Toyota Motor sold some of its shares in Tesla Motors, reports Nikkei.» Read More
Remember the first time you went into a dealership to buy a new car because you truly felt you could afford a new car loan? Remember the sticker shock when you ran the numbers and said to yourself, "I didn't really think it would that much." Now you know how many people feel when they see it might take $50 Billion to fix GM.
This is the day current and retired UAW members at General Motors have been fearing. In stark terms union members are finding out just how much their benefits, their jobs, and what they've come to expect will be changing as GM restructures either in or out of bankruptcy.
This week GM and Chrysler will transform the auto industry by skidding into and through bankruptcy. If they can avoid a major car wreck, perhaps Uncle Sam's "controlled bankruptcy" plan will work.
They looked like hot stocks; so how are the Fast Money traders playing Applied Materials, Home Depot and other losers, now that they've been burned!
Four months into President Obama's administration and three months after he created the Auto Task Force to find a solution for an imploding auto industry, people are mad at the President.
Within two weeks expect to see GM in bankruptcy. And when the company files, whether it's late next week or Monday June 1st, the road map for a quick creation of a newer, leaner GM will be laid out for the Federal Government to follow. It's the Chrysler bankruptcy which has gone about as smoothly as the auto task force was hoping.
How do you define "free market". Yesterday, I argued the "free market" should determine if cars and trucks are powered by diesel fuel or by the conventional gasoline most vehicles currently use. This baffled some of you.
Over the last two days, as I've blogged about new fuel efficiency rules President Obama laid out at the White House, I've been struck by the opposition to these changes.
After hours action in Hewlett-Packard points to a lower open. What do you need to know?
With the new mandate from Washington, this efficiency movement in the auto industry will pick up momentum, and several companies are positioned to profit.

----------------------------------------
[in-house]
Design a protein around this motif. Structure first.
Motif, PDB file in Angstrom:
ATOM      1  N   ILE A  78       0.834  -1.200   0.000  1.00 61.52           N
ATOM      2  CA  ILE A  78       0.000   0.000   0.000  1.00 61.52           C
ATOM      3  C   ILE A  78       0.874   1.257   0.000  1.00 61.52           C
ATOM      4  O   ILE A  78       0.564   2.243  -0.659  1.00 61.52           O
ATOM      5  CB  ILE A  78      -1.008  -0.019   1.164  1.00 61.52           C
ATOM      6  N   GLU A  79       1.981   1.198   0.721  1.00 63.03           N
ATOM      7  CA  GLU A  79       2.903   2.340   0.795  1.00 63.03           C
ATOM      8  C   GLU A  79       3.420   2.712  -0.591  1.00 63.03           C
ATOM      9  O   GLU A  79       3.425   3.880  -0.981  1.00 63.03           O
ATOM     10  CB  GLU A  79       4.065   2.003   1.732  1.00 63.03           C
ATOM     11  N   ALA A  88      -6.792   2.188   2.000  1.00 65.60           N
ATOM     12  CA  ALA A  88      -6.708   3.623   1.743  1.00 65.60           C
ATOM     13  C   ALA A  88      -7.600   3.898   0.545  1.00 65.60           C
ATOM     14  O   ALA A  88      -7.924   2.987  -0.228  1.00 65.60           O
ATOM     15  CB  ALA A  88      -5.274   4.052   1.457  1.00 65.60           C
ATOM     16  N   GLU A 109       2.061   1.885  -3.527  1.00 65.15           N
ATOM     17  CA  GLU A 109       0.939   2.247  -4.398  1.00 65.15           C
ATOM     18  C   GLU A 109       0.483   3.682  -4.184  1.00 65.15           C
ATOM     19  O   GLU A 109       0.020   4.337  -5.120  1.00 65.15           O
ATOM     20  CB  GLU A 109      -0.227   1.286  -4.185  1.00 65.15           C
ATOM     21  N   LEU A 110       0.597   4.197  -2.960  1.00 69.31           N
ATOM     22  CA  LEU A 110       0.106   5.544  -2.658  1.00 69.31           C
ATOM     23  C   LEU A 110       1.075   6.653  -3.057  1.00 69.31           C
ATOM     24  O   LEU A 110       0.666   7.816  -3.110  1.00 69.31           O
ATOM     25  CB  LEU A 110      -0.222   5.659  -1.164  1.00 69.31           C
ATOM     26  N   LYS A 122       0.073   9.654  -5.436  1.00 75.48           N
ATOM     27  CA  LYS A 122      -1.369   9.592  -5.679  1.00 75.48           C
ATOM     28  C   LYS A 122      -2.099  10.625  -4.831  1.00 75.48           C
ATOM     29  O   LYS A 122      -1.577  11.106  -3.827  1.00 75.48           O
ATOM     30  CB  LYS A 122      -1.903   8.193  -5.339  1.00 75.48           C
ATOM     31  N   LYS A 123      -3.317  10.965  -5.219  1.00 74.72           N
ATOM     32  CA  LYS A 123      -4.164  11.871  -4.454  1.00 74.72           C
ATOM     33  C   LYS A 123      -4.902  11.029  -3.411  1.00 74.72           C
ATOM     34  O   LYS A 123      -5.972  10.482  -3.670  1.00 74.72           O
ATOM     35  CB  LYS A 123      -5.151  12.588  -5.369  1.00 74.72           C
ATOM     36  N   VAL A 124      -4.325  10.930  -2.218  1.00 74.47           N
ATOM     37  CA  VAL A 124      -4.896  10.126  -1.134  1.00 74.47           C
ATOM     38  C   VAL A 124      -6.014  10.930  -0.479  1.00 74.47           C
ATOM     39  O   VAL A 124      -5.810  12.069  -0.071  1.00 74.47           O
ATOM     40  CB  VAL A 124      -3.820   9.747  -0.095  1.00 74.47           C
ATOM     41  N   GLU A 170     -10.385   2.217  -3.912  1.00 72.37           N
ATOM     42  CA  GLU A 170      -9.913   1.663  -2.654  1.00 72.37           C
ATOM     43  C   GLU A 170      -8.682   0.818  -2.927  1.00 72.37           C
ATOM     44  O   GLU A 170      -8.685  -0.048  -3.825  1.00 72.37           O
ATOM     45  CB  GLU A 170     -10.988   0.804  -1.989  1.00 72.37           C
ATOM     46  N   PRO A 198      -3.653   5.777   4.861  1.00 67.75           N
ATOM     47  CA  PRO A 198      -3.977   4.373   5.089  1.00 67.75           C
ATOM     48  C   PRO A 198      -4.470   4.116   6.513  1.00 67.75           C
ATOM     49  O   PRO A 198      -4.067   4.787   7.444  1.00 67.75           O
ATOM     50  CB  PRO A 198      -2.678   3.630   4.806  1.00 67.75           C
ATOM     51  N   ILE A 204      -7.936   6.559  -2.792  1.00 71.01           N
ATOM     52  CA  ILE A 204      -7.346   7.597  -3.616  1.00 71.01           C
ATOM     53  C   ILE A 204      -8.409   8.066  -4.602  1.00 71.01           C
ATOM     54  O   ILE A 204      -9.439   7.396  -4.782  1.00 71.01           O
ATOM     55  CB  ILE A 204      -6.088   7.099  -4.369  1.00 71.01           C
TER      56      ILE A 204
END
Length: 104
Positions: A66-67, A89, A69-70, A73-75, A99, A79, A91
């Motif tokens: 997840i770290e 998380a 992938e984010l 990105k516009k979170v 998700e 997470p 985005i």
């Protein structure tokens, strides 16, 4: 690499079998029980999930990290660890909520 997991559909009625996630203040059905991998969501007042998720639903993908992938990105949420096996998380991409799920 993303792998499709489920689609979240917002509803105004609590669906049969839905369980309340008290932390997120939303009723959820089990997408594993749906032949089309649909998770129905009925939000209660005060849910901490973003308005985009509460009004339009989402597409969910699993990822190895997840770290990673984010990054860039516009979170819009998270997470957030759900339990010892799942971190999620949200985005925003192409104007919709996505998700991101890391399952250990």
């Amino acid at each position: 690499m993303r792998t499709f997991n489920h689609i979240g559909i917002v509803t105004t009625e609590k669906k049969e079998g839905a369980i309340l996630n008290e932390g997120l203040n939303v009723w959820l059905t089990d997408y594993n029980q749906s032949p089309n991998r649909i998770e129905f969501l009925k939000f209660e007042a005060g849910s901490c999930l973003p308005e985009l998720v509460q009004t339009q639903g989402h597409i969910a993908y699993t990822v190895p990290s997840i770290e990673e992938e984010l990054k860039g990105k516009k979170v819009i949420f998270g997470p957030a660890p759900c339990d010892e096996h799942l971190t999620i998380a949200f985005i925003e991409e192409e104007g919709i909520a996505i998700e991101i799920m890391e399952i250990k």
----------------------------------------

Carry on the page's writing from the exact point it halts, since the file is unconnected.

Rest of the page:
For years, we've heard Detroit and other auto makers lobby against higher fuel economy standards because it would drive up costs and ultimately hurt sales of SUV's and pick-ups- vehicles Americans want.
I have never bought a car in my life. My wife has bought a lot of them. I'm just not that into cars. I have usually referred to the cars we own by their color.
President Barack Obama wants drivers to go farther on a gallon of gas and cause less damage to the environment—and be willing to pick up the tab.
"UNCLE!!!!!!!!!" That's the cry you'll hear from Detroit to Washington as President Barack Obama announces a new tailpipe emission standard that mirrors the tough measures California has been trying to impose for years.
Ask yourself these questions: If you are looking for a new car, truck, or minivan right now, will you buy a Chrysler, Dodge, or Jeep? Will you seriously consider one of those models?
For decades, they've been the backbone of auto sales in the U.S. The smaller independent dealer is what most of America grew up with. Now those smaller dealers are about to dwindle in number and influence.
They are in the crosshairs of the auto task and passionate about their feelings over GM and Chrysler plans to drop dealers. What's interesting is that not all dealers are against the idea of trimming the dealer ranks, while others are fearing the end of business' that have been in their family for years.
For auto dealers, this may go down as the worst week ever. GM will announce plans to cut 2600 dealerships while Chrysler drops roughly 850. That's roughly 42% of the GM dealerships and 27% of the Chrysler stores going away.
It's kind of like watching a car crash. You know it's sad. You know it's awful. But you can't stop looking at it. I'm not trying to be trivial about the plunge in GM shares this week.
For months we've all heard the warnings. If GM and Chrysler go bankrupt it will trigger a host of other bankruptcies from suppliers to dealers.